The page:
One more post on lightning and then I think I'll move on to another topic...maybe. :-) It's important to teach your kids lightning storm safety. You can't always protect yourself against a lightning strike, but there are things you can do to decrease your chances of getting struck. For starters, a lightning storm doesn't have to be very close to you to cause damage. You can be struck by lightning from a storm up to 10 miles from your location. Thus it is always important to seek shelter when you see lightning present.
The best place to go is a house, away from windows and any metal that might be in contact with the outside walls. There are a few cases of people receiving severe shocks holding onto a sink faucet inside a home, since the pipes in the home were metal.
It's okay to be in your car. A car has a metal casing and rubber tires. Don't exit your car, but inside your car you are safe.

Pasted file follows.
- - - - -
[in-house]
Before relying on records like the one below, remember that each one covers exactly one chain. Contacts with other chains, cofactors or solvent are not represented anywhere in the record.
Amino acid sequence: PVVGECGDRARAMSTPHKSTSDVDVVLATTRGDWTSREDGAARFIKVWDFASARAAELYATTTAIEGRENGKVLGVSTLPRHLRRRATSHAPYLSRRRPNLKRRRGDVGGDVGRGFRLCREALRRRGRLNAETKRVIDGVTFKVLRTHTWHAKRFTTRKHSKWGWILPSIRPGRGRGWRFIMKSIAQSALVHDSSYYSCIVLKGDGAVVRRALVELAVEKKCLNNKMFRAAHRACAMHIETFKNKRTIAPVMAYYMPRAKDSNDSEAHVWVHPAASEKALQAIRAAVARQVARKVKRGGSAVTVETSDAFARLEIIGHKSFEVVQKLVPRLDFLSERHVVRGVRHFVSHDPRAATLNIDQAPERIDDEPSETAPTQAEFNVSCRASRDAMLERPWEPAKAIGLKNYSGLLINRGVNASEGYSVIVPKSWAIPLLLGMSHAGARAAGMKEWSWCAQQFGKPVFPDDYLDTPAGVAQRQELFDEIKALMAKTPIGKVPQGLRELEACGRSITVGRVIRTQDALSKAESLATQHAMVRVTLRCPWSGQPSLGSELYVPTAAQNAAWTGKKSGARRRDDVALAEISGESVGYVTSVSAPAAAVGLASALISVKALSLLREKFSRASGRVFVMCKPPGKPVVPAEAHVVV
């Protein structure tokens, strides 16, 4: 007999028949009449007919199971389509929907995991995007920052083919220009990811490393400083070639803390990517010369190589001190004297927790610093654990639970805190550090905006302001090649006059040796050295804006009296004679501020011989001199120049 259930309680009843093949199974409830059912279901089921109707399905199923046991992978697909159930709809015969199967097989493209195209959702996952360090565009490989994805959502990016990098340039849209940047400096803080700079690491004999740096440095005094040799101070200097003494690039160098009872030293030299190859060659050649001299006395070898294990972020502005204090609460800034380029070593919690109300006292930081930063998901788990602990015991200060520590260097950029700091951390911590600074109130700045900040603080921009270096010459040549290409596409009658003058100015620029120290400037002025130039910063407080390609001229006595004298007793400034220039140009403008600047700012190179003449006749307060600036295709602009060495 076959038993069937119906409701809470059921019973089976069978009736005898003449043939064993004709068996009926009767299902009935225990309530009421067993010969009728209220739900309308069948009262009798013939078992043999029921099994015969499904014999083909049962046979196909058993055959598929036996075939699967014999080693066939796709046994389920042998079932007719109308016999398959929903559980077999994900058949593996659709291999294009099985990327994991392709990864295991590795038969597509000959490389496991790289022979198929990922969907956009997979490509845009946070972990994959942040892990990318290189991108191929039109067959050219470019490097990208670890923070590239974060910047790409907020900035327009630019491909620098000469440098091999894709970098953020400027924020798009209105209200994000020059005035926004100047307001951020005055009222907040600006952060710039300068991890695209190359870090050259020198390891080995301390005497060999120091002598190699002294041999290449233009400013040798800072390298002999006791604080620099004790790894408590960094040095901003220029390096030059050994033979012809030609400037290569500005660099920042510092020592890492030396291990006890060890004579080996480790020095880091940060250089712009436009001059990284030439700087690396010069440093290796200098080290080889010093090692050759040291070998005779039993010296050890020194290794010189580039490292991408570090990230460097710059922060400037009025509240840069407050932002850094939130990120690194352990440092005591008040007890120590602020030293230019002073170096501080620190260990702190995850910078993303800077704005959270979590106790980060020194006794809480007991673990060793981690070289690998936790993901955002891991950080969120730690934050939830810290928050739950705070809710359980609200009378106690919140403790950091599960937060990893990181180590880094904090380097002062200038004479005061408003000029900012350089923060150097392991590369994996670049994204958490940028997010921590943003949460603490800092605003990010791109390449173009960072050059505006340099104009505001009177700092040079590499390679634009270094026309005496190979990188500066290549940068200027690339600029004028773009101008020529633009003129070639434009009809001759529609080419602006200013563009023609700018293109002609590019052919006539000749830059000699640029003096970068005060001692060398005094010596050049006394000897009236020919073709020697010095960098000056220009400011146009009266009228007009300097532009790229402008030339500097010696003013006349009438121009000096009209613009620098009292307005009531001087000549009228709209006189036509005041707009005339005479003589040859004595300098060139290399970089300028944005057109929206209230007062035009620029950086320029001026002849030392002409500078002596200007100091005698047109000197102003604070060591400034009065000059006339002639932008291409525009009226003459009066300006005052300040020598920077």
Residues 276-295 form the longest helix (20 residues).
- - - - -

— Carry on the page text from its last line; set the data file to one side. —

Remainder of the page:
Stay away from water, trees, and open fields. Under a tree may protect you from rain, but a bolt of lightning can strike a tree, travel down a tree, and then produce a side flash to you which can be just as damaging as the original lightning strike.
If you are stuck in an open field, there are a few things you can do to protect yourself. One is to squat down low to the ground. Lightning strikes more commonly occur with taller objects. Decreasing your height can help. Also keep your feet together, touching. Separating your feet creates a path through your body that current can enter and then exit. Keeping your feet together reduces the chance of this. None of this eliminates the possibility of being struck, but it does reduce the chances.
If you're in water, get out!
Here's an excellent source on lightning safety.
Thunder and Lightning Safety
Moral of this? Knowledge of science may one day save your life! :-)